New Report Shows Nation's Prized Conservation Lands Struggle without Adequate Funding

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In a new report, The Wilderness Society recommends that Congress and the Administration take stronger measures to protect America's prized National Conservation Lands under care of the Bureau of Land Management.

In a new report, the third in a series, The Wilderness Society recommends that Congress and the Administration take stronger measures to protect America’s National Conservation Lands. Managed by the U.S. Bureau of Land Management (BLM), National Conservation Lands were established in 2000 to conserve, protect and restore nationally significant lands recognized for their outstanding cultural, ecological and scientific values.

The 30 million acres of National Conservation Lands are natural and cultural treasures, and include National Monuments, National Conservation Areas, Wilderness Areas, Wilderness Study Areas, Wild and Scenic Rivers, National Scenic and Historic Trails and other protected places.

The Wilderness Society’s Third Assessment found improvements in planning, protection of wild lands and visitor management over the past five years and over the 15 years since the creation of the system and the corresponding evaluations by The Wilderness Society. Now, nearly all designated Conservation Lands are better known and appreciated by the public. However, the lack of adequate funding for National Conservation Lands continues to hamper BLM’s ability to improve leadership, increase law enforcement, restore ecosystem health and protect cultural resources.

For example, fragile archaeological sites and rock art around both the Red Rock Canyon National Conservation Area in Nevada and the Sonoran Desert National Monument in Arizona are continually vandalized due to a lack of law enforcement and poorly managed off-road vehicle uses near these cultural sites. Although designated almost 20 years ago, the Grand Staircase-Escalante National Monument in southern Utah still does not have a grazing management plan, forcing the agency to rely on management plans from the early 1980s.

Other problems in these areas include lack of consistent leadership and persistent habitat fragmentation by roads, as well as inadequate inventories of cultural resources, special status species or non-native, invasive species. These consistent problems keep BLM from coming up with needed protective management strategies.

“Our BLM conservation lands face continuous threats – ranging from underfunding to complete defunding to threats of undoing the system altogether, as well as development of backcountry areas and damage to our shared heritage of cultural resources,” said Nada Culver, Director of the BLM Action Center at The Wilderness Society. “It’s high time our elected leaders start listening to the American people, who want to protect the cultural treasures, wildlife and clean air and water that make our public lands the premier destinations for visitors from around the world.”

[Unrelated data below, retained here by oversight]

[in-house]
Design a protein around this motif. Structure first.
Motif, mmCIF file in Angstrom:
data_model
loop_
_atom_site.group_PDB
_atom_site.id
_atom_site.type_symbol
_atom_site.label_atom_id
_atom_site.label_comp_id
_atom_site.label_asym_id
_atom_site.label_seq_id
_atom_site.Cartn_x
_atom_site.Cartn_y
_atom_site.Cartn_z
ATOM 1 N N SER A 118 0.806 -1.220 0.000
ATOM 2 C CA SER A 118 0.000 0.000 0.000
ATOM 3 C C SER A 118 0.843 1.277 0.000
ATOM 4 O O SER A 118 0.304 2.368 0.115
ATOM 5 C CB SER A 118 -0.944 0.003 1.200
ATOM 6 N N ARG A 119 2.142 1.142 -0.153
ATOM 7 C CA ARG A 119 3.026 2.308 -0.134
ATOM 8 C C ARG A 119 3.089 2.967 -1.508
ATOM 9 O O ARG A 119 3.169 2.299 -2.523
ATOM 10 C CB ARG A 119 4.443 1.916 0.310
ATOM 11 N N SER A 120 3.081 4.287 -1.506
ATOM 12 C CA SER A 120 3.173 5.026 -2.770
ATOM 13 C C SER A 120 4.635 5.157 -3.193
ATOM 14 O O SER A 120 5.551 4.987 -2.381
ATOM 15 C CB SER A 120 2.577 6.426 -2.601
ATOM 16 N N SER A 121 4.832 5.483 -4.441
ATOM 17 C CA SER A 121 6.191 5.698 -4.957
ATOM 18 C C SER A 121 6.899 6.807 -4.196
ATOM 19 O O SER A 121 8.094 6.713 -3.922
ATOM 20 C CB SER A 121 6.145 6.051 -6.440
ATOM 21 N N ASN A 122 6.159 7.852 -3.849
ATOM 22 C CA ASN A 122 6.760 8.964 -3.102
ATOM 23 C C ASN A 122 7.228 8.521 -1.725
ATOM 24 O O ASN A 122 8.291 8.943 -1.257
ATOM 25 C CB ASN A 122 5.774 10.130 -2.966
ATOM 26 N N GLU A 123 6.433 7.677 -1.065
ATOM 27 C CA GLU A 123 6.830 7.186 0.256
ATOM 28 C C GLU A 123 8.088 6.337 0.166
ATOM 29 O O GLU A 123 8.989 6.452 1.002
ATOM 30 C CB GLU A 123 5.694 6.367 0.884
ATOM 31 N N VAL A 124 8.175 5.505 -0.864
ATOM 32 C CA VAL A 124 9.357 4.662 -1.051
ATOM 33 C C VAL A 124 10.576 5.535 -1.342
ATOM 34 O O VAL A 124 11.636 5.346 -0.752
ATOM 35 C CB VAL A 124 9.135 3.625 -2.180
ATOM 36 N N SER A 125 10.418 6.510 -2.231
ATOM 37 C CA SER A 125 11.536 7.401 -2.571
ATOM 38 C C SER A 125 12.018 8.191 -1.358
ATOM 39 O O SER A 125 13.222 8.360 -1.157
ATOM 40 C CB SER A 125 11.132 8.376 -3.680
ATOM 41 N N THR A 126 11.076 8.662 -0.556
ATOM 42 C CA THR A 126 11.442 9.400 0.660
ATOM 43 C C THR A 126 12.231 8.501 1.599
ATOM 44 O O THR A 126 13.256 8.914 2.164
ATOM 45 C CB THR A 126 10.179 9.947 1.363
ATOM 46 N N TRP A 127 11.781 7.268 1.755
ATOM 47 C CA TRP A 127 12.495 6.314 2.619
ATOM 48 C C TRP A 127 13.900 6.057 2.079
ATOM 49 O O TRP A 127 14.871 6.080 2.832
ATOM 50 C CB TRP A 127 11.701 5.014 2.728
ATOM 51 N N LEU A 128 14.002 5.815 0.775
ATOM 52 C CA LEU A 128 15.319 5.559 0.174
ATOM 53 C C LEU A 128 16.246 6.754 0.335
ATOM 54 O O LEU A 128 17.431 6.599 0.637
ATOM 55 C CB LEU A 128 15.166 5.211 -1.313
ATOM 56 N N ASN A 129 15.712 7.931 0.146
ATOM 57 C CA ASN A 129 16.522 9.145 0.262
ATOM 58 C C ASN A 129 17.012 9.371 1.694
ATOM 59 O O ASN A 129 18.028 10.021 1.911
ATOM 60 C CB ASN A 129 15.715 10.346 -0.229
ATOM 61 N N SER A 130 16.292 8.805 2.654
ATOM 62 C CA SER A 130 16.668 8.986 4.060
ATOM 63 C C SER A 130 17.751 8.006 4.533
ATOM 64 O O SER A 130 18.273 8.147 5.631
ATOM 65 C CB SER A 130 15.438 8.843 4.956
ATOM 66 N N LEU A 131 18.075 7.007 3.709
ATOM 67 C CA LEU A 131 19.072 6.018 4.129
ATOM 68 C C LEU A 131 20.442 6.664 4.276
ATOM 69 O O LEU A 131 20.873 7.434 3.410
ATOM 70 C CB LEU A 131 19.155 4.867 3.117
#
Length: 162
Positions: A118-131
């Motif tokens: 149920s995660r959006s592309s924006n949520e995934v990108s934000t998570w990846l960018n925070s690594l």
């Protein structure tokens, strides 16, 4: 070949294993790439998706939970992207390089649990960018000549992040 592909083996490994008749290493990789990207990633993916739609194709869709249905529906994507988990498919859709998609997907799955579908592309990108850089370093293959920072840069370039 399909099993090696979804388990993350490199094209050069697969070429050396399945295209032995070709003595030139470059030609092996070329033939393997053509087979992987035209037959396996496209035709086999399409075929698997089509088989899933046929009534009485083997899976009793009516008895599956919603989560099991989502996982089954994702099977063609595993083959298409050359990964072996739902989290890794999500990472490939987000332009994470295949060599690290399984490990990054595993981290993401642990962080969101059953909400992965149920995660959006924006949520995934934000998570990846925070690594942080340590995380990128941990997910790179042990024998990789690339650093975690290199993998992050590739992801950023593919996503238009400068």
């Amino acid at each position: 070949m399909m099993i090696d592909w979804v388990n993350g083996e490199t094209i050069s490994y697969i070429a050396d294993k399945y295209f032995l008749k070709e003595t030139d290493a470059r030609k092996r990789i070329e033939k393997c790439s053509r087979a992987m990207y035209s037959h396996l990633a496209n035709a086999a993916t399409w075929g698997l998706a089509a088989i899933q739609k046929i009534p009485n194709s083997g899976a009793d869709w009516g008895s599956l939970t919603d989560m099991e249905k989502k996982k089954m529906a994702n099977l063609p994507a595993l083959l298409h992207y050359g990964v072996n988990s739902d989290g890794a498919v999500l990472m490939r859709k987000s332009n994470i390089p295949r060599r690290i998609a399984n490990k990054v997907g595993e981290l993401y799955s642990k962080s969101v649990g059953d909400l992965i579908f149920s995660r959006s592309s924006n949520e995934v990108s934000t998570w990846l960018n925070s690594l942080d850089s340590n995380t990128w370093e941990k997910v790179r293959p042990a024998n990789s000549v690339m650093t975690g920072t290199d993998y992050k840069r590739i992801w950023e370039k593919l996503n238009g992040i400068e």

Examples of National Conservation Lands managed by BLM include:

  •     The Iditarod Trail in Alaska, used by thousands of winter recreation enthusiasts, subsistence hunters, inter-village travelers and long-distance winter races.
  •     The Canyons of the Ancients National Monument in southwest Colorado near Mesa Verde National Park, which contains the greatest known density of archaeological sites in the United States.
  •     The Bisti/De-Na-Zin Wilderness Area in New Mexico, a landscape of visually stunning badlands and hoodoos.
  •     The Upper Missouri River Breaks National Monument in Montana, a living museum of the historic Lewis and Clark expedition across the Northwest.

In The Wilderness Society’s “Third Assessment Report,” the group urges Congress and the Administration to improve management for the National Conservation Lands by:

  •     Prioritizing landscape restoration and fostering ecosystem and species health, along with reducing the impact of roads and development on wildlife habitat and wildness.
  •     Increasing BLM’s budget to improve law enforcement, leadership and actual management across all National Conservation Lands.
  •     Expanding the National Conservation Lands to include all important and still unprotected BLM managed landscapes and waterbodies across the West.

“There are some in Congress, such as House Natural Resources Committee Chairman Rob Bishop, who believe the National Conservation Lands to be ‘unnecessary’ and have proposed to defund the System entirely,” (Summit County Citizens Voice, March 9, 2015, said Culver. “This report shows the need for the opposite. We need more funding and better management of our BLM conservation lands to provide the American people with more access to hunting, fishing, camping, research, restoration and for cleaner air and water throughout the West.”

The Wilderness Society is the leading conservation organization working to protect wilderness and inspire Americans to care for our wild places. Founded in 1935, and now with more than 700,000 members and supporters, The Wilderness Society has led the effort to permanently protect 109 million acres of wilderness and to ensure sound management of our shared national lands.

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